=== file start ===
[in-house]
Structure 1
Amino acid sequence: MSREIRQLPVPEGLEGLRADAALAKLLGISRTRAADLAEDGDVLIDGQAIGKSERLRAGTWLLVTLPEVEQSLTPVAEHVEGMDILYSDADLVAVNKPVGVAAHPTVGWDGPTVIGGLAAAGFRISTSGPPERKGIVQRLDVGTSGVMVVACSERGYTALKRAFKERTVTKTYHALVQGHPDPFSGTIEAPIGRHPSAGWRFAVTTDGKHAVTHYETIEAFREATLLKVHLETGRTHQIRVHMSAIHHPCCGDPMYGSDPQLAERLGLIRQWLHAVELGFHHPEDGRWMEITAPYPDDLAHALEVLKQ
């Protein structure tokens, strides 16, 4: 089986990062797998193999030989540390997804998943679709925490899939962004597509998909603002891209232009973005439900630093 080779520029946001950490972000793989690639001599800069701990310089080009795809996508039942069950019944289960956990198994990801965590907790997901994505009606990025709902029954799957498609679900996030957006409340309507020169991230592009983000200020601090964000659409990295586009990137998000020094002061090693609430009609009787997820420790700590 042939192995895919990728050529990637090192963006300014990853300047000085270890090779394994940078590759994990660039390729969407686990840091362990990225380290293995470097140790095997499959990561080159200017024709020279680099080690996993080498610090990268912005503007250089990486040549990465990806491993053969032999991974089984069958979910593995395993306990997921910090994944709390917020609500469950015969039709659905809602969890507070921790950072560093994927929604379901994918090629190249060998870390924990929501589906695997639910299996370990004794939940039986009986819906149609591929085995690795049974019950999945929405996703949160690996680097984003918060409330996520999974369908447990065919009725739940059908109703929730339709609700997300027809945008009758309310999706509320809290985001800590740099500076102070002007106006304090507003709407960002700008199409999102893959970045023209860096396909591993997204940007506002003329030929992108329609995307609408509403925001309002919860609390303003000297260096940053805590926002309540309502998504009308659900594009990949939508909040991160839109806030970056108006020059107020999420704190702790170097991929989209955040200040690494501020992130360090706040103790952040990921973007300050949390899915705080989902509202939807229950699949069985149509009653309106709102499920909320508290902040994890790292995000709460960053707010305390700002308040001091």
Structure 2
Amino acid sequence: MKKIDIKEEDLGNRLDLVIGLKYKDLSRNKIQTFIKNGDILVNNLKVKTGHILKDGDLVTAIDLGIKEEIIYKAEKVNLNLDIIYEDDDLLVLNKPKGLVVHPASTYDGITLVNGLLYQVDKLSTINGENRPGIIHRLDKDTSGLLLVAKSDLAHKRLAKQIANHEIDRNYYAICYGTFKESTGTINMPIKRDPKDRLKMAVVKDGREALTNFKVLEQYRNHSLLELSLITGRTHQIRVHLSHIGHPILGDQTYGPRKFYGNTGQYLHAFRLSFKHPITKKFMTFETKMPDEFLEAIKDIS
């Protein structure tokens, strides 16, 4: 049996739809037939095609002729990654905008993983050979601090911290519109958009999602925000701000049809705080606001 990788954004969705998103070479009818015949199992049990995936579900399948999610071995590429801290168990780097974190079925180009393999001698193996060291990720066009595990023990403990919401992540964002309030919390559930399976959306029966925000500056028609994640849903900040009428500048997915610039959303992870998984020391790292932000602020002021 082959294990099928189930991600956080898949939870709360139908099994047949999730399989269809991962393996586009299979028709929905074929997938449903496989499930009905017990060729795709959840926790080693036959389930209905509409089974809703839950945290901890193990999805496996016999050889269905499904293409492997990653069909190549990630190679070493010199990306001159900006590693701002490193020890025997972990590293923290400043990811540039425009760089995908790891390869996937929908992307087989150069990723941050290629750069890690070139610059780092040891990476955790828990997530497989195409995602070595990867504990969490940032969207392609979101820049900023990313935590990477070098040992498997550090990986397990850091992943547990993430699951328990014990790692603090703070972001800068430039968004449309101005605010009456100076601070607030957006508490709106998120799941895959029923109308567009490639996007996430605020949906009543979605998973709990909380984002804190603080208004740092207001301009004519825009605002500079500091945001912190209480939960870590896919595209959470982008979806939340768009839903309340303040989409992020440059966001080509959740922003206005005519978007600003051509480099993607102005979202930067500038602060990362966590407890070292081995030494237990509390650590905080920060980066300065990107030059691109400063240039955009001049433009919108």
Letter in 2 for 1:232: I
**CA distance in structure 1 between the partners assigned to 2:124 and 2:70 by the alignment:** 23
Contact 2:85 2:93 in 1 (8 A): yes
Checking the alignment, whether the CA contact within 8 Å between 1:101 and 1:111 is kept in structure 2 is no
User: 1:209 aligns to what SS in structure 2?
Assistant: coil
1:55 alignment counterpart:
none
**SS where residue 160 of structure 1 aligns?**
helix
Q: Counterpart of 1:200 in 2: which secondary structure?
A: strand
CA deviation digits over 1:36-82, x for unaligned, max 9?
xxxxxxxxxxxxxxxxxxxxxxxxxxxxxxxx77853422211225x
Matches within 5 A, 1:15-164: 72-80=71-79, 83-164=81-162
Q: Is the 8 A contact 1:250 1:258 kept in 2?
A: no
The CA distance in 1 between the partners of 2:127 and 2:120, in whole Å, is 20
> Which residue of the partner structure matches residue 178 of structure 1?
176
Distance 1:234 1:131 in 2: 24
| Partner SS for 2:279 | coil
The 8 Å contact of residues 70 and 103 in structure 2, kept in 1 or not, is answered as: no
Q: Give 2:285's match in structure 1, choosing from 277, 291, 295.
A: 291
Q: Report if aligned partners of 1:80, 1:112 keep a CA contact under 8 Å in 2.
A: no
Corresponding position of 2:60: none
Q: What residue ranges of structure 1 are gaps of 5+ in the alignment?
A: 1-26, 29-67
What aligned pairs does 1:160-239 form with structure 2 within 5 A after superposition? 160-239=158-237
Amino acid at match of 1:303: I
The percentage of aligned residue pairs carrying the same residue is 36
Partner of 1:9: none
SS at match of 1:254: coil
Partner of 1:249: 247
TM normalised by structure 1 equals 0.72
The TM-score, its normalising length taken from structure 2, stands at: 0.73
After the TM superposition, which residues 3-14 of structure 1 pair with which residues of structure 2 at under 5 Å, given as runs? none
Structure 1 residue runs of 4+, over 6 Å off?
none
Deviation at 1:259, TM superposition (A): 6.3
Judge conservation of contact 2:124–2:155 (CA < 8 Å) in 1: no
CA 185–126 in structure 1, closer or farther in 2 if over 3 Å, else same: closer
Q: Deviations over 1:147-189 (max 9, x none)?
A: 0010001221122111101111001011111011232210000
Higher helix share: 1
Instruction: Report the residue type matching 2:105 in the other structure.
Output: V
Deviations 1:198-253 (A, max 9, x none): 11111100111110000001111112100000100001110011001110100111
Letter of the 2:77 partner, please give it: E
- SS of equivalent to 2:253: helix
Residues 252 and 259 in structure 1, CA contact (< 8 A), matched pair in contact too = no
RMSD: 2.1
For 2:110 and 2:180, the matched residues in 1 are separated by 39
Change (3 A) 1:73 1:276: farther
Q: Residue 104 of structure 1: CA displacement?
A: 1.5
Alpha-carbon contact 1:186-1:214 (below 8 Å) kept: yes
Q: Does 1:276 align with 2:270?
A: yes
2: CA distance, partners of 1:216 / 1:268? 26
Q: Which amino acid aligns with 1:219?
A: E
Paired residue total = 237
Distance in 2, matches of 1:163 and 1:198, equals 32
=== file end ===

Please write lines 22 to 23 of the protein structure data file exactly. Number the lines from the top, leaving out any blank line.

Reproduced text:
Matches within 5 A, 1:15-164: 72-80=71-79, 83-164=81-162
Q: Is the 8 A contact 1:250 1:258 kept in 2?